““I should be more grateful for my natural beauty, it impacts the choices and friends we make, the jobs we apply for, how we treat our children, it impacts everything. It couldn’t be more critical to your happiness.”

OUCH – THAT BURNS. So in other words, we’re still looking from validation from other people, and they’d better be damn right or we’re screwed!

Now, I’ve soaked up all the negative things like most humans do, who are engineered to look for danger, the possibilities of getting screwed over. Where are your sponges? I’ll explain what I mean by these sponges later.

I’ve been *taught* (not through assumptions, actually taught) to downplay my looks from a child. If anyone called me attractive (as some people have in my life – everyone has experienced it), I was told to say “No, I’m ugly as sin” or something maybe less stinging. Nowadays though, I think why? It makes me feel like crap, it makes the person complimenting me feel like crap – nothing can be seen as good coming from this. Nothing. It’s selfish to do that. Then I remember all the times people have called me ugly (I remember being called too ugly to rape). I can think of more of the latter than the former. Why is that? Because that’s where my sponges are. That’s where they’ve grown. I soak up negativity from things to do with my attractiveness and things to do with my intelligence.

Schooling taught me many things: I’m stupid. I have no opinions. I should go with the flow. I shouldn’t go to university. Again – not an assumption. I was told *not* to go to UCAS sessions, I was told *not* to apply to university as they thought I couldn’t cut it. A teacher called me an automaton because I had nothing worthy to say. As someone studying a PhD now, there is a growing temptation to turn around and flip them the bird, but why? I don’t see the gain. However, my sponge is still there. I know so many intelligent people and yes, I do feel incredibly stupid around people.

But my years of learning marketing have taught me something. When you advertise a product, people have to take your word for it. Whether you know diddlysquat about it or not is something you hide under your poker face. But selling yourself is different.

You know yourself (to an extent), and you have the best customer testimonial for it. Imagine if you say, “I’ve lived with myself all my life and I’m worthless. Rubbish. Couldn’t put up with me if I tried.” You’re not going to think “I’m going to prove them wrong. Yeah, that’s right. I’ll go out with them and they’ll see they’re beautiful!”, unless they’re a Disney character or have a lot of time on their hands. I want to soak up all that positive stuff that’s floating around out there and gain a new sponge. Sponges need to get replaced anyway, or you’re just cleaning yourself with your old dirt. Find those old sponges and chuck them out. Realise all that nice stuff about yourself, whether it’s self generated or not.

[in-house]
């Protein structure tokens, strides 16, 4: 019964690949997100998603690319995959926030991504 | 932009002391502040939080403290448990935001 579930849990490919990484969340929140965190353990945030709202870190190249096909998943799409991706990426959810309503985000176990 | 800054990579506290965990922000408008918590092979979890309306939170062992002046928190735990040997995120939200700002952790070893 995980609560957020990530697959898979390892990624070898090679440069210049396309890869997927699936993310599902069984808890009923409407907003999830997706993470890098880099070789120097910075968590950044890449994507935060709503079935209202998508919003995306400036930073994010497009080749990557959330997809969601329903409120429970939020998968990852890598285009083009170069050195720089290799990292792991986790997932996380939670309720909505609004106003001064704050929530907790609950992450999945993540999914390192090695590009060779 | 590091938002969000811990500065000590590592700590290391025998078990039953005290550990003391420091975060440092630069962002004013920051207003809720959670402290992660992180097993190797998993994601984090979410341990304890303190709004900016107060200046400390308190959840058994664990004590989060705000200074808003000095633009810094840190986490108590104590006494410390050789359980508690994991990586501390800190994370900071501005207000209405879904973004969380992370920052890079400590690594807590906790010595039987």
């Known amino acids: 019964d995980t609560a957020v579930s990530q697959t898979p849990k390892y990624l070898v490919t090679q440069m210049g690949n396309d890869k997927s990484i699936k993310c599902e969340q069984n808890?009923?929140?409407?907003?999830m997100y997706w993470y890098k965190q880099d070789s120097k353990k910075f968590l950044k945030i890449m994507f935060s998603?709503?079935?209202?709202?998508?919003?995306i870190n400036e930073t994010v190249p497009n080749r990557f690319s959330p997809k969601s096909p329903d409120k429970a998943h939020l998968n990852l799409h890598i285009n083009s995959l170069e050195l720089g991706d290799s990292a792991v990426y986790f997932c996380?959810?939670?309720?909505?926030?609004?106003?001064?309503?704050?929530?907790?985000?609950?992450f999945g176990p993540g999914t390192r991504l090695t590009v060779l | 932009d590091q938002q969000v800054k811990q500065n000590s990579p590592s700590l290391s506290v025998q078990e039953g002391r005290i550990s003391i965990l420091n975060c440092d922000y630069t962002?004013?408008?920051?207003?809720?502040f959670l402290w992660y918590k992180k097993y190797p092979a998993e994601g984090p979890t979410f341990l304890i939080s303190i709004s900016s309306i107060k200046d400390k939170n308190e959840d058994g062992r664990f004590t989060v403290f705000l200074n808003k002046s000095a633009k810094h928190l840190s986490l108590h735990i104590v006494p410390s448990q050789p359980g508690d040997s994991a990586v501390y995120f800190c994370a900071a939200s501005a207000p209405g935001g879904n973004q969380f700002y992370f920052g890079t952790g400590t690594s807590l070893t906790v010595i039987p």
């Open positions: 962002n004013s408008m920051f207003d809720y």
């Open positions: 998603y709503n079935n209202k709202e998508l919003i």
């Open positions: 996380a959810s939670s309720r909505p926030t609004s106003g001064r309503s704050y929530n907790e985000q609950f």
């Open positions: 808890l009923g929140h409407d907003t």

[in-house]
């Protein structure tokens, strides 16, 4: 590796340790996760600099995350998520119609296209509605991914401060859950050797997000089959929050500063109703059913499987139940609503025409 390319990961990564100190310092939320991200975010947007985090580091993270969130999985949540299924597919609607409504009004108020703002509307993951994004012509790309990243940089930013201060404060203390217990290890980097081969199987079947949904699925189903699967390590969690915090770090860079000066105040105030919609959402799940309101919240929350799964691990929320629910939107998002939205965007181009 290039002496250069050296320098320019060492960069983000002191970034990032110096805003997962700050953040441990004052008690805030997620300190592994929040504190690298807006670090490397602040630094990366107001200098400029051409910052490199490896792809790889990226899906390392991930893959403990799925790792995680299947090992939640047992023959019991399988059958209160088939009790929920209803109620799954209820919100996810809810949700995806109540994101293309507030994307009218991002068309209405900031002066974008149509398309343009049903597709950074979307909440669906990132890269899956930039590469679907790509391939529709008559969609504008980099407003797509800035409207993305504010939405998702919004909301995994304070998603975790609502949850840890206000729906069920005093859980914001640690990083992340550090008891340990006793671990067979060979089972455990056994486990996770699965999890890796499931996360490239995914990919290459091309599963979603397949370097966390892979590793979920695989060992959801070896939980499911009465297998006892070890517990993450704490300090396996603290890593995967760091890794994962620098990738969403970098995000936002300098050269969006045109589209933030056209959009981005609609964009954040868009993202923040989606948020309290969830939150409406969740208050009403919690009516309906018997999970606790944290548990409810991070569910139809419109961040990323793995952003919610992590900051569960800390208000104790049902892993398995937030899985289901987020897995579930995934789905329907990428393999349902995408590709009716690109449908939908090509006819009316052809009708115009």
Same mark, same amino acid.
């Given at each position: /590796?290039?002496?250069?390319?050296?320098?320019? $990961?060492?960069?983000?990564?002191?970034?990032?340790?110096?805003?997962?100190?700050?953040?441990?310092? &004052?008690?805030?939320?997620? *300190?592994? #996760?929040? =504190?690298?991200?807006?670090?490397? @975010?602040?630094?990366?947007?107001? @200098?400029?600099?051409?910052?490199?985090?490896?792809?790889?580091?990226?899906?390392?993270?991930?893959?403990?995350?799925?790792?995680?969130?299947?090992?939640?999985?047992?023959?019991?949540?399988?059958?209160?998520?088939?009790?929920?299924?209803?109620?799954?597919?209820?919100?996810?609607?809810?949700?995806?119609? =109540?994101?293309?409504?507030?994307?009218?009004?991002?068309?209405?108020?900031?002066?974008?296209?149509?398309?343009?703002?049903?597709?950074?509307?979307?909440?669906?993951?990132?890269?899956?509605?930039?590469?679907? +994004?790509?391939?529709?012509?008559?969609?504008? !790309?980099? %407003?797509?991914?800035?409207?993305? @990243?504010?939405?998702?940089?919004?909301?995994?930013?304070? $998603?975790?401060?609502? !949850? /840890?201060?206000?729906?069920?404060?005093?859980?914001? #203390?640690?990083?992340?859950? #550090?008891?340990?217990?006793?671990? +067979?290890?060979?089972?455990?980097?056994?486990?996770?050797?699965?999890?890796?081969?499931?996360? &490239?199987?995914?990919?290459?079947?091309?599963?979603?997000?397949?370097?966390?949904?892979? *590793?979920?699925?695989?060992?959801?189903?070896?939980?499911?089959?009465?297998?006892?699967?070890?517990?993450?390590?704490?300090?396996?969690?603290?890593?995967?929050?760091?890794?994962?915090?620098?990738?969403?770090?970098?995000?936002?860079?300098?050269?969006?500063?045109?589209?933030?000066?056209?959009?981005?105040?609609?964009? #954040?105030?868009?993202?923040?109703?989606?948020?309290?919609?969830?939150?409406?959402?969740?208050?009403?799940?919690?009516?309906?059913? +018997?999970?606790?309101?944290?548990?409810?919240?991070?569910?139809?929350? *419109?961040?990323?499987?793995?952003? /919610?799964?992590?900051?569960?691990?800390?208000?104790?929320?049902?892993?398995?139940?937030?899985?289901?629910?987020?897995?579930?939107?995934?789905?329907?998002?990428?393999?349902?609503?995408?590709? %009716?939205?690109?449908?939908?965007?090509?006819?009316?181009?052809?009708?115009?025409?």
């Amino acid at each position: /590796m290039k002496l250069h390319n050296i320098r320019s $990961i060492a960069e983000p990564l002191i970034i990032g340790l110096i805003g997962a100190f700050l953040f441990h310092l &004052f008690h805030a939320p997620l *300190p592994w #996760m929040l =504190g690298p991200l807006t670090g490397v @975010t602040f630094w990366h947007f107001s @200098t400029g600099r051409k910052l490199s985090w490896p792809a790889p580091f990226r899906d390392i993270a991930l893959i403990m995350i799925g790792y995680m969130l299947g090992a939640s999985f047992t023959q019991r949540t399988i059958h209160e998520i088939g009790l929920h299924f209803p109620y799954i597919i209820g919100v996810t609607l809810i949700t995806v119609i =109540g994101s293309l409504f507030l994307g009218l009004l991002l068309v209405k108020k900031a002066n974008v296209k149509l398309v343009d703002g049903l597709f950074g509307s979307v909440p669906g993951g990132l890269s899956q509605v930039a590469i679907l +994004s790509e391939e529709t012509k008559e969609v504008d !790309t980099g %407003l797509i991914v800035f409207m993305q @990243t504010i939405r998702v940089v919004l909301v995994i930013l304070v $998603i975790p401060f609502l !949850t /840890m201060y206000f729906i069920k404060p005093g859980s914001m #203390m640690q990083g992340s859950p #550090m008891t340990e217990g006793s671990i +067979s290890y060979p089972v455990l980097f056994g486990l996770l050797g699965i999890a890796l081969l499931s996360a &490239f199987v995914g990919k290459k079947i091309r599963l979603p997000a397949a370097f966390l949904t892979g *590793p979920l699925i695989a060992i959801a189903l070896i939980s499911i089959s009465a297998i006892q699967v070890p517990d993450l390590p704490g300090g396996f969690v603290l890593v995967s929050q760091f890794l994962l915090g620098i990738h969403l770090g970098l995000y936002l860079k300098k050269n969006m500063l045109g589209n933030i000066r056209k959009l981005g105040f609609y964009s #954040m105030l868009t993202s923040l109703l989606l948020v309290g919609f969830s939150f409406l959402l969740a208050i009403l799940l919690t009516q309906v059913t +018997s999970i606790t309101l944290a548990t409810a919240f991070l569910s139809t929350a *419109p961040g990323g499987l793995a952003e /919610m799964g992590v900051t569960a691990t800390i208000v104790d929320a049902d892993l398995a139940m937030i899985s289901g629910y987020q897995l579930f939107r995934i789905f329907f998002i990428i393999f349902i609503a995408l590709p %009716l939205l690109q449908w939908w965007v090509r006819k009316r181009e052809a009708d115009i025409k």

On Loneliness

The funny thing is how there’s often a confusion between the terms “lonely” and being “alone”. It can be quite dangerous when one is substituted for another – we are always truly alone in that we can’t share consciousnesses past the layer that we want to (and sometimes not) portray. As Conrad says, “We live as we dream… alone”. So what is to feel loneliness then, as opposed to being alone? (Having typed this now, it seems like an alien word – or more crudely – “all” “one”).

To me, loneliness is a sense of forced separation from yourself. To feel that you need justification, a reasoning, an external actualization of your being – someone who will code the animation back into your frame by their acknowledgement. Obviously the reasons for loneliness differ and in my opinion is definitely not a case of being “alone” in the purest sense. You need someone to place you in the world, and that can be a function of our species being a “social animal”. We call partners “other halves” or “significant other” (urgh!). Are we all-one or al(l)one when we’re in this social agreement? Sounds rather contradicting! Maybe we need to extend this term to altwo?

We all have our personal reasons for feeling lonely at times, and I do sometimes as well (although I have no qualms as such with being alone). I guess the way I would picture it is being out of orbit (as we often tend to see out of the loop, or picture this boundary as a social circle – thank you Google Plus-) and we need the gravity generated by the effect of the boundary to suck us back in. Gravity is vital for our survival, after all. The reason for this post? I dream odd things. I don’t feel lonely, actually. I was just ruminating on how the world changes, how I see lace weaving its way through the little corners of my perspective. I think I’m at that age now where I see life blooming around me – many children are being born in my little corner of existence it seems 🙂 and unions are being forged. I’m very grateful to see this little garden expanding.